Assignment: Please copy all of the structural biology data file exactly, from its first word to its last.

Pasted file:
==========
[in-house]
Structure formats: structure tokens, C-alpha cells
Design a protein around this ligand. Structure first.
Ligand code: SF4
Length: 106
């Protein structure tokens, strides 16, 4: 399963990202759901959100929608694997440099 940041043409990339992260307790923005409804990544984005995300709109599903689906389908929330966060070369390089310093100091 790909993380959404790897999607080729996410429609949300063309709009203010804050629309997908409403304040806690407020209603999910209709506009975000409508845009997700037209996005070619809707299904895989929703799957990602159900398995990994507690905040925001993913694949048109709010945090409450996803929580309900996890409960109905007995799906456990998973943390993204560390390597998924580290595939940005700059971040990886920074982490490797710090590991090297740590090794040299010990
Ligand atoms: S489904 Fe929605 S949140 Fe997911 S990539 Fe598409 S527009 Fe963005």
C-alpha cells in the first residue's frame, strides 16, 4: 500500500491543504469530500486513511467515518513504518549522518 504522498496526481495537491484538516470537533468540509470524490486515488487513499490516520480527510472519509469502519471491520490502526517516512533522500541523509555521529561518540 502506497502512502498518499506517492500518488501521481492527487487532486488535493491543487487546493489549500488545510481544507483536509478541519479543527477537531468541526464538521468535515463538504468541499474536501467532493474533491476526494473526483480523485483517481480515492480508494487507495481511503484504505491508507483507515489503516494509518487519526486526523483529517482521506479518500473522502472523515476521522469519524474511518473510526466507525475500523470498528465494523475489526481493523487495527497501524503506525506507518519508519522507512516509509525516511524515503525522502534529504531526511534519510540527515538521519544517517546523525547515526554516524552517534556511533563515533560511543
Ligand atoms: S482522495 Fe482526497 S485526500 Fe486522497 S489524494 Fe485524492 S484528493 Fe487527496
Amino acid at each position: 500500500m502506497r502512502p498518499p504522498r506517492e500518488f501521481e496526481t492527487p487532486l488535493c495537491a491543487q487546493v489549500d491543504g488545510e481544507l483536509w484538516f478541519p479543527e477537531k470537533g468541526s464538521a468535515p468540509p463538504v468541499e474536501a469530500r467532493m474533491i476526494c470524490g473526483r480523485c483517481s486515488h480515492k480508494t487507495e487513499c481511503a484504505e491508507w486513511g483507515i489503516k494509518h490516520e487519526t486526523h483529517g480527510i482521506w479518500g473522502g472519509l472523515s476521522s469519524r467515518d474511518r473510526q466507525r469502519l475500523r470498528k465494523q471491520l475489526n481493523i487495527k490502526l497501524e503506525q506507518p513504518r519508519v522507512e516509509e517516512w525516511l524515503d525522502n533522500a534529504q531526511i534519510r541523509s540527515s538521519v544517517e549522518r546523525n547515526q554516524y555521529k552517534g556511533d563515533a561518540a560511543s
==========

[in-house]
Structure formats: structure tokens, C-alpha cells
Design a protein around this ligand. Structure first.
Ligand code: SF4
Length: 106
């Protein structure tokens, strides 16, 4: 399963990202759901959100929608694997440099 940041043409990339992260307790923005409804990544984005995300709109599903689906389908929330966060070369390089310093100091 790909993380959404790897999607080729996410429609949300063309709009203010804050629309997908409403304040806690407020209603999910209709506009975000409508845009997700037209996005070619809707299904895989929703799957990602159900398995990994507690905040925001993913694949048109709010945090409450996803929580309900996890409960109905007995799906456990998973943390993204560390390597998924580290595939940005700059971040990886920074982490490797710090590991090297740590090794040299010990
Ligand atoms: S489904 Fe929605 S949140 Fe997911 S990539 Fe598409 S527009 Fe963005």
C-alpha cells in the first residue's frame, strides 16, 4: 500500500491543504469530500486513511467515518513504518549522518 504522498496526481495537491484538516470537533468540509470524490486515488487513499490516520480527510472519509469502519471491520490502526517516512533522500541523509555521529561518540 502506497502512502498518499506517492500518488501521481492527487487532486488535493491543487487546493489549500488545510481544507483536509478541519479543527477537531468541526464538521468535515463538504468541499474536501467532493474533491476526494473526483480523485483517481480515492480508494487507495481511503484504505491508507483507515489503516494509518487519526486526523483529517482521506479518500473522502472523515476521522469519524474511518473510526466507525475500523470498528465494523475489526481493523487495527497501524503506525506507518519508519522507512516509509525516511524515503525522502534529504531526511534519510540527515538521519544517517546523525547515526554516524552517534556511533563515533560511543
Ligand atoms: S482522495 Fe482526497 S485526500 Fe486522497 S489524494 Fe485524492 S484528493 Fe487527496
Amino acid at each position: 500500500m502506497r502512502p498518499p504522498r506517492e500518488f501521481e496526481t492527487p487532486l488535493c495537491a491543487q487546493v489549500d491543504g488545510e481544507l483536509w484538516f478541519p479543527e477537531k470537533g468541526s464538521a468535515p468540509p463538504v468541499e474536501a469530500r467532493m474533491i476526494c470524490g473526483r480523485c483517481s486515488h480515492k480508494t487507495e487513499c481511503a484504505e491508507w486513511g483507515i489503516k494509518h490516520e487519526t486526523h483529517g480527510i482521506w479518500g473522502g472519509l472523515s476521522s469519524r467515518d474511518r473510526q466507525r469502519l475500523r470498528k465494523q471491520l475489526n481493523i487495527k490502526l497501524e503506525q506507518p513504518r519508519v522507512e516509509e517516512w525516511l524515503d525522502n533522500a534529504q531526511i534519510r541523509s540527515s538521519v544517517e549522518r546523525n547515526q554516524y555521529k552517534g556511533d563515533a561518540a560511543s